It Comes at Night

It Comes at Night. It’s great! Movies like this remind you of what a simple, almost primal pleasure it is just to watch how light fills and moves through a dark place. I also like that it doesn’t bother with answers about the general state of the world, and doesn’t waste time with half-hearted attempts. People seek and accept what’s practical, and move on. Backstory is irrelevant to a degree. The red door in the house – like a church, perhaps? I’ve really come to love this survival-cabin subgenre. Other recent ones that are worth a look: 10 Cloverfield Lane, Into the Forest, Z for Zachariah. What else?

Robert Eggers, Director of ‘The Witch,’ on the Horror Right in Front of Us | | Observer

“Because modern horror is usually this masochistic titillation bullshit, a lot of people in interviews will tell me [The Witch] is not a horror film, it’s a psychological suspense thriller with supernatural elements,” he said, putting on a tone of faux-snobbery. “And I’m like, ‘O.K., that’s cool.’ But then fucking Edgar Allan Poe isn’t horror, either. “What’s important to me about horror stories,” he continued, “is to look at what’s actually horrifying about humanity, instead of shining a flashlight on it and running away giggling.”

Robert Eggers, Director of ‘The Witch,’ on the Horror Right in Front of Us | | Observer

Bone Tomahawk

Bone Tomahawk. It’s a western and a horror film. I shouldn’t have to sell it more than that, but I’ll add that it has a script that just blew my mind. So funny, so sharp. There’s some thematic richness, too, in how these characters (all pretty well-drawn) manage what they face together (some, uh, seriously horrific stuff – fair warning). So pleasantly surprised with this movie. I need a rewatch!

The Babadook

The Babadook. I, uh, wasn’t too anxious to go to bed after watching this. If I were a child actor, I wouldn’t have survive it psychologically intact. Awesome movie, though, and like many horror flicks, has a lot of material ripe for interpretation. Some lovely foreshadowing – a children’s author, “Mom is very lucky to have you, isn’t she?”, hands on throats, etc. I like the editing, particularly the transitions from night to day, how they often use timelapse or a just a shift in lighting. It keeps the momentum up. Love the sound design (insectoid sound effects were an inspired choice) and those cool blue-grey palettes. Interesting to see TV and the movies as both comfort/entertainment (for the elderly neighbor) and a nudge over the edge. We could see the babadook as repressed memories/guilt/sadness/anger over the husband that fester and spoil as they – and she – are increasingly isolated from work, hobbies, family, community. The refuge where you flee becomes a trap. Eventually, we have to make some sort of peace with our inner torment. Acknowledge it just enough, with proper fear, no more, and move on as best we can, knowing we’ll need to tend to it again later. Another good movie about the fallout after a father’s death: A Letter to Momo.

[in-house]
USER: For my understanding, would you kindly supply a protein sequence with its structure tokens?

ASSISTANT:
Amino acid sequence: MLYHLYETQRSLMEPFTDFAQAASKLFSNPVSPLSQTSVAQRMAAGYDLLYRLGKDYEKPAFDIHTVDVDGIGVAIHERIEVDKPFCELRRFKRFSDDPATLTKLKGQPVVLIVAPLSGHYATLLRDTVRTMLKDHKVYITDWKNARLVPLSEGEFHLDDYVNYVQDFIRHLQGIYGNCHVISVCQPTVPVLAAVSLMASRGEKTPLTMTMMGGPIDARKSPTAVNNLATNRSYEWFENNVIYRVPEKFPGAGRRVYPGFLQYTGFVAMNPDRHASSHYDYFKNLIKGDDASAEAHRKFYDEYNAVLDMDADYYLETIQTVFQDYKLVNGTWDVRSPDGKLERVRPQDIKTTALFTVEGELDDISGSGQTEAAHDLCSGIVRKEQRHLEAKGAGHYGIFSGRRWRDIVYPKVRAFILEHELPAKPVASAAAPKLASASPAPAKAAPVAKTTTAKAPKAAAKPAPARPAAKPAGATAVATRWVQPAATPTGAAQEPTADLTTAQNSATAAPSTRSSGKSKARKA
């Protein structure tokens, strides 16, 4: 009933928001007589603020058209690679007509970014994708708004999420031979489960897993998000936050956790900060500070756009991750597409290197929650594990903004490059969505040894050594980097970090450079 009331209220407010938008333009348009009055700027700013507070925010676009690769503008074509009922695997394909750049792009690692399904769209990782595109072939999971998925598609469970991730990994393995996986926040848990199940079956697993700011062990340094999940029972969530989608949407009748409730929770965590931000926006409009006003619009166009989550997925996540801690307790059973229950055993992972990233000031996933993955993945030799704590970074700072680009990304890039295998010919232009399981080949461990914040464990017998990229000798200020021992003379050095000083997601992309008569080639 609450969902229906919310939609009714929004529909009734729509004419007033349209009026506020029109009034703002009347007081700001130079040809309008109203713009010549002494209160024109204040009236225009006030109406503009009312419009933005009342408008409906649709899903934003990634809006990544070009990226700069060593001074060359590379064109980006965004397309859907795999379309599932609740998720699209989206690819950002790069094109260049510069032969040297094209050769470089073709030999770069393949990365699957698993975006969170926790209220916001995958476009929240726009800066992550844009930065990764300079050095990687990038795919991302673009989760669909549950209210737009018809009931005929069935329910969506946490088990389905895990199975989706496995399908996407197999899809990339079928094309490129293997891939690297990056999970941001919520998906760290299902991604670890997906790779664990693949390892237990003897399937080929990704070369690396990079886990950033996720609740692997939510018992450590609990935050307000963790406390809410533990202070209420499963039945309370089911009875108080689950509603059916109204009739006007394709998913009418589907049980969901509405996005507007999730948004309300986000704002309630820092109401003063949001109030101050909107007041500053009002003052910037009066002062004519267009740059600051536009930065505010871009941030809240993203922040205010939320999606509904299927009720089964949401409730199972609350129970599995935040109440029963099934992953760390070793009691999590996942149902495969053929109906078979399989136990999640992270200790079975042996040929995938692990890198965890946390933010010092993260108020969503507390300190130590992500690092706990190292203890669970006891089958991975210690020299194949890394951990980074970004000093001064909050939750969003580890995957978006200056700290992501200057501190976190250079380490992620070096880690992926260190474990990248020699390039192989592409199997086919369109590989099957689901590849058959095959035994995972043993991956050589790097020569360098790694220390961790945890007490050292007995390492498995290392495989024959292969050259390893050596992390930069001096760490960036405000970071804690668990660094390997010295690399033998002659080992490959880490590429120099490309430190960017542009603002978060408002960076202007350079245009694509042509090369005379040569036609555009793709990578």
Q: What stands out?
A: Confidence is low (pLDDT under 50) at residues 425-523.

The Night of the Hunter

The Night of the Hunter. So strange and so cool. This is the most German Expressionist film made by an American I’ve ever seen. I love the shifting between naturalistic location shoots and the strange, surreal sets in dramatically lit interiors and highly staged outdoors scenes later. Strange biblical dialogue and a few main characters you never quite become easy with. Some things aren’t right in this neighborhood. Perfect horror.